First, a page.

Image result for Stefano Dughera

Dughera Dott. Stefano

Tel: 0116707645
Email: stefano.dughera@unito.it
address: Department of Chemistry

Dipartimento di Chimica, Università di Torino, C.so Massimo d’Azeglio 48, 10125 Torino, Italy

R. Fu, Y. Yang, W. Lai, Y. Ma, Z. Chen, J. Zhou, W. Chai, Q. Wang, and R. Yuan, Synth. Comm., 2015, 45, 477.
//////////////Brønsted acid,  catalysed,  enantioselective,  Biginelli reaction, dihydropyrimidine-2-thiones

A two-step efficient preparation of a renewable dicarboxylic acid monomer 5,5[prime or minute]-[oxybis(methylene)]bis[2-furancarboxylic acid] from D-fructose and its application in polyester synthesis

Graphical abstract: A two-step efficient preparation of a renewable dicarboxylic acid monomer 5,5′-[oxybis(methylene)]bis[2-furancarboxylic acid] from d-fructose and its application in polyester synthesis

A two-step efficient preparation of a renewable dicarboxylic acid monomer 5,5[prime or minute]-[oxybis(methylene)]bis[2-furancarboxylic acid] from D-fructose and its application in polyester synthesis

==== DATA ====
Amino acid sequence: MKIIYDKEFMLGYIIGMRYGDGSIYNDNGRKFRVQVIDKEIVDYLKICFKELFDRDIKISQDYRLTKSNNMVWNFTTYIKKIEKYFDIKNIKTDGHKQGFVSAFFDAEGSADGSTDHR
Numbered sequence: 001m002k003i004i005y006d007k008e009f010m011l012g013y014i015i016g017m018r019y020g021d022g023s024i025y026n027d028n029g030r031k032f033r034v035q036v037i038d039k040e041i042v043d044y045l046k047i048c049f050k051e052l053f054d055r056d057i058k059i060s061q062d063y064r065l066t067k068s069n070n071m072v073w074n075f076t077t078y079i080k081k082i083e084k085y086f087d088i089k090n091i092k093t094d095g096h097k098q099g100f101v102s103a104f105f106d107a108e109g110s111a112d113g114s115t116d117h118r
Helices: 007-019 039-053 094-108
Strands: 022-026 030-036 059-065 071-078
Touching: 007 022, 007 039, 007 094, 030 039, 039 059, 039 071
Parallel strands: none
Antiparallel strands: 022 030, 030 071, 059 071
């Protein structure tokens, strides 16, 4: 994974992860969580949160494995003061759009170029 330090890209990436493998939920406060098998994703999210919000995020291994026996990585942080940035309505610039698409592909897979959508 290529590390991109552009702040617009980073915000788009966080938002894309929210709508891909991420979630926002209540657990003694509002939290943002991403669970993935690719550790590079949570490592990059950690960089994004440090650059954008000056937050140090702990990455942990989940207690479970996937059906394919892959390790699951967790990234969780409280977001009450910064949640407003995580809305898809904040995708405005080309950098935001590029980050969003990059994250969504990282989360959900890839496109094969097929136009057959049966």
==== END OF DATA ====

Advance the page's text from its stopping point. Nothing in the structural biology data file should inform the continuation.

Green Chem., 2017, 19,1570-1575
DOI: 10.1039/C6GC03314H, Paper
Ananda S. Amarasekara, Loc H. Nguyen, Nnaemeka C. Okorie, Saad M. Jamal
A renewable monomer 5,5[prime or minute]-[oxybis(methylene)]bis[2-furancarboxylic acid] from D-fructose.

A two-step efficient preparation of a renewable dicarboxylic acid monomer 5,5′-[oxybis(methylene)]bis[2-furancarboxylic acid] from D-fructose and its application in polyester synthesis

*Corresponding authors
aDepartment of Chemistry, Prairie View A&M University, Prairie View, USA
E-mail: asamarasekara@pvamu.edu
Fax: +1 936 261 3117
Tel: +1 936 261 3107
Green Chem., 2017,19, 1570-1575

DOI: 10.1039/C6GC03314H